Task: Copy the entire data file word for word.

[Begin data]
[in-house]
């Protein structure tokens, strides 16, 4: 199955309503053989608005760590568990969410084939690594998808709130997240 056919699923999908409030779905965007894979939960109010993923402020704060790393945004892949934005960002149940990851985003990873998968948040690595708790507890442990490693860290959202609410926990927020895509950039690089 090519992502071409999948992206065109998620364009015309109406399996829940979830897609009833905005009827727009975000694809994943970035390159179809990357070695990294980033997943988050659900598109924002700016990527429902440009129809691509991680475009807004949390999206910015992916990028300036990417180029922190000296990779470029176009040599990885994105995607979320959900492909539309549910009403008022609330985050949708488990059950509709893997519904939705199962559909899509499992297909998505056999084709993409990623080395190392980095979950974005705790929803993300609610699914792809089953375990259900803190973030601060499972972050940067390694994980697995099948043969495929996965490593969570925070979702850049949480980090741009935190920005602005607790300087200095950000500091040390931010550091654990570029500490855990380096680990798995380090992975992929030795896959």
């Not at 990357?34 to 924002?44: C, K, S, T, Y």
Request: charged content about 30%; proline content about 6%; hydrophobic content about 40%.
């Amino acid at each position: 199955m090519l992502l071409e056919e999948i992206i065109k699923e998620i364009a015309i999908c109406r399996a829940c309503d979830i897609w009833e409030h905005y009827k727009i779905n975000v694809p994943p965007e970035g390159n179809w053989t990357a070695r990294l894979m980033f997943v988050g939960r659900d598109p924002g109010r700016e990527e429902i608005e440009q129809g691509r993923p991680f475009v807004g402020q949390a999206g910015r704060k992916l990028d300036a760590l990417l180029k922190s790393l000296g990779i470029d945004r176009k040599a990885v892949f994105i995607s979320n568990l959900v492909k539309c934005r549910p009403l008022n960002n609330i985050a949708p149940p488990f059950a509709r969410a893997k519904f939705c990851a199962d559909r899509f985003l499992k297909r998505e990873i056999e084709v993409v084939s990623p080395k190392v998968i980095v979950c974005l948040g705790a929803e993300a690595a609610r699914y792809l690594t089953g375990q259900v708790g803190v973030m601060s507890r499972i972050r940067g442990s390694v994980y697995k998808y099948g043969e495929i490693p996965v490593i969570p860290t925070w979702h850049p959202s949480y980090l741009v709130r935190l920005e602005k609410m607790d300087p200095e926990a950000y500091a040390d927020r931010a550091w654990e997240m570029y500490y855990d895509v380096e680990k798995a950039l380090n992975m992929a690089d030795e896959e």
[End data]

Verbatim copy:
[in-house]
């Protein structure tokens, strides 16, 4: 199955309503053989608005760590568990969410084939690594998808709130997240 056919699923999908409030779905965007894979939960109010993923402020704060790393945004892949934005960002149940990851985003990873998968948040690595708790507890442990490693860290959202609410926990927020895509950039690089 090519992502071409999948992206065109998620364009015309109406399996829940979830897609009833905005009827727009975000694809994943970035390159179809990357070695990294980033997943988050659900598109924002700016990527429902440009129809691509991680475009807004949390999206910015992916990028300036990417180029922190000296990779470029176009040599990885994105995607979320959900492909539309549910009403008022609330985050949708488990059950509709893997519904939705199962559909899509499992297909998505056999084709993409990623080395190392980095979950974005705790929803993300609610699914792809089953375990259900803190973030601060499972972050940067390694994980697995099948043969495929996965490593969570925070979702850049949480980090741009935190920005602005607790300087200095950000500091040390931010550091654990570029500490855990380096680990798995380090992975992929030795896959």
């Not at 990357?34 to 924002?44: C, K, S, T, Y």
Request: charged content about 30%; proline content about 6%; hydrophobic content about 40%.
């Amino acid at each position: 199955m090519l992502l071409e056919e999948i992206i065109k699923e998620i364009a015309i999908c109406r399996a829940c309503d979830i897609w009833e409030h905005y009827k727009i779905n975000v694809p994943p965007e970035g390159n179809w053989t990357a070695r990294l894979m980033f997943v988050g939960r659900d598109p924002g109010r700016e990527e429902i608005e440009q129809g691509r993923p991680f475009v807004g402020q949390a999206g910015r704060k992916l990028d300036a760590l990417l180029k922190s790393l000296g990779i470029d945004r176009k040599a990885v892949f994105i995607s979320n568990l959900v492909k539309c934005r549910p009403l008022n960002n609330i985050a949708p149940p488990f059950a509709r969410a893997k519904f939705c990851a199962d559909r899509f985003l499992k297909r998505e990873i056999e084709v993409v084939s990623p080395k190392v998968i980095v979950c974005l948040g705790a929803e993300a690595a609610r699914y792809l690594t089953g375990q259900v708790g803190v973030m601060s507890r499972i972050r940067g442990s390694v994980y697995k998808y099948g043969e495929i490693p996965v490593i969570p860290t925070w979702h850049p959202s949480y980090l741009v709130r935190l920005e602005k609410m607790d300087p200095e926990a950000y500091a040390d927020r931010a550091w654990e997240m570029y500490y855990d895509v380096e680990k798995a950039l380090n992975m992929a690089d030795e896959e």